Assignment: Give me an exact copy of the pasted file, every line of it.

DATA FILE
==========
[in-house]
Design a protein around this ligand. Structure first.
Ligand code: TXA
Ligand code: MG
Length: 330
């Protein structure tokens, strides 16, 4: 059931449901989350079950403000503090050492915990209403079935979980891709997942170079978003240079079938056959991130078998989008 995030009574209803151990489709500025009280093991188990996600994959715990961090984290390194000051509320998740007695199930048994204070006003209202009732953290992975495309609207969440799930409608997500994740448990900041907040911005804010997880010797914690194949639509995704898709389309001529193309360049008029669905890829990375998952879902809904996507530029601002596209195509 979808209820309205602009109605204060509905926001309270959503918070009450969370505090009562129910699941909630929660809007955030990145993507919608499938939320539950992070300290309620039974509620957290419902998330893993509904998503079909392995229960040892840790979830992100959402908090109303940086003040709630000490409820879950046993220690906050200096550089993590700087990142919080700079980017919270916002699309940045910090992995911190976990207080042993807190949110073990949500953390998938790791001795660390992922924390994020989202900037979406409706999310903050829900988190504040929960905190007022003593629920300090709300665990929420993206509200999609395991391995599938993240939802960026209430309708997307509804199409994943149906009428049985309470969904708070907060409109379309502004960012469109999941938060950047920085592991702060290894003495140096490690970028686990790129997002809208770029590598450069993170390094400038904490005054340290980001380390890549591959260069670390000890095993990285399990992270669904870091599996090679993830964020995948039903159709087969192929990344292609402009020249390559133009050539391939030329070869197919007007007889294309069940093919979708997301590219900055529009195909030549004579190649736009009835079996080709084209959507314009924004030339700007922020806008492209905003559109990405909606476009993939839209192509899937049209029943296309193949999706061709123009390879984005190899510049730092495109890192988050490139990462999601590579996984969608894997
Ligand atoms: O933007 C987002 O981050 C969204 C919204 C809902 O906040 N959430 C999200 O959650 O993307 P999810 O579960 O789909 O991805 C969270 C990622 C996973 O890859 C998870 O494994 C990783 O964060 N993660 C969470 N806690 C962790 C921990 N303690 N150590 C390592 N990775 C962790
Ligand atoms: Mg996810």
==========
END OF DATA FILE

[in-house]
Design a protein around this ligand. Structure first.
Ligand code: TXA
Ligand code: MG
Length: 330
């Protein structure tokens, strides 16, 4: 059931449901989350079950403000503090050492915990209403079935979980891709997942170079978003240079079938056959991130078998989008 995030009574209803151990489709500025009280093991188990996600994959715990961090984290390194000051509320998740007695199930048994204070006003209202009732953290992975495309609207969440799930409608997500994740448990900041907040911005804010997880010797914690194949639509995704898709389309001529193309360049008029669905890829990375998952879902809904996507530029601002596209195509 979808209820309205602009109605204060509905926001309270959503918070009450969370505090009562129910699941909630929660809007955030990145993507919608499938939320539950992070300290309620039974509620957290419902998330893993509904998503079909392995229960040892840790979830992100959402908090109303940086003040709630000490409820879950046993220690906050200096550089993590700087990142919080700079980017919270916002699309940045910090992995911190976990207080042993807190949110073990949500953390998938790791001795660390992922924390994020989202900037979406409706999310903050829900988190504040929960905190007022003593629920300090709300665990929420993206509200999609395991391995599938993240939802960026209430309708997307509804199409994943149906009428049985309470969904708070907060409109379309502004960012469109999941938060950047920085592991702060290894003495140096490690970028686990790129997002809208770029590598450069993170390094400038904490005054340290980001380390890549591959260069670390000890095993990285399990992270669904870091599996090679993830964020995948039903159709087969192929990344292609402009020249390559133009050539391939030329070869197919007007007889294309069940093919979708997301590219900055529009195909030549004579190649736009009835079996080709084209959507314009924004030339700007922020806008492209905003559109990405909606476009993939839209192509899937049209029943296309193949999706061709123009390879984005190899510049730092495109890192988050490139990462999601590579996984969608894997
Ligand atoms: O933007 C987002 O981050 C969204 C919204 C809902 O906040 N959430 C999200 O959650 O993307 P999810 O579960 O789909 O991805 C969270 C990622 C996973 O890859 C998870 O494994 C990783 O964060 N993660 C969470 N806690 C962790 C921990 N303690 N150590 C390592 N990775 C962790
Ligand atoms: Mg996810």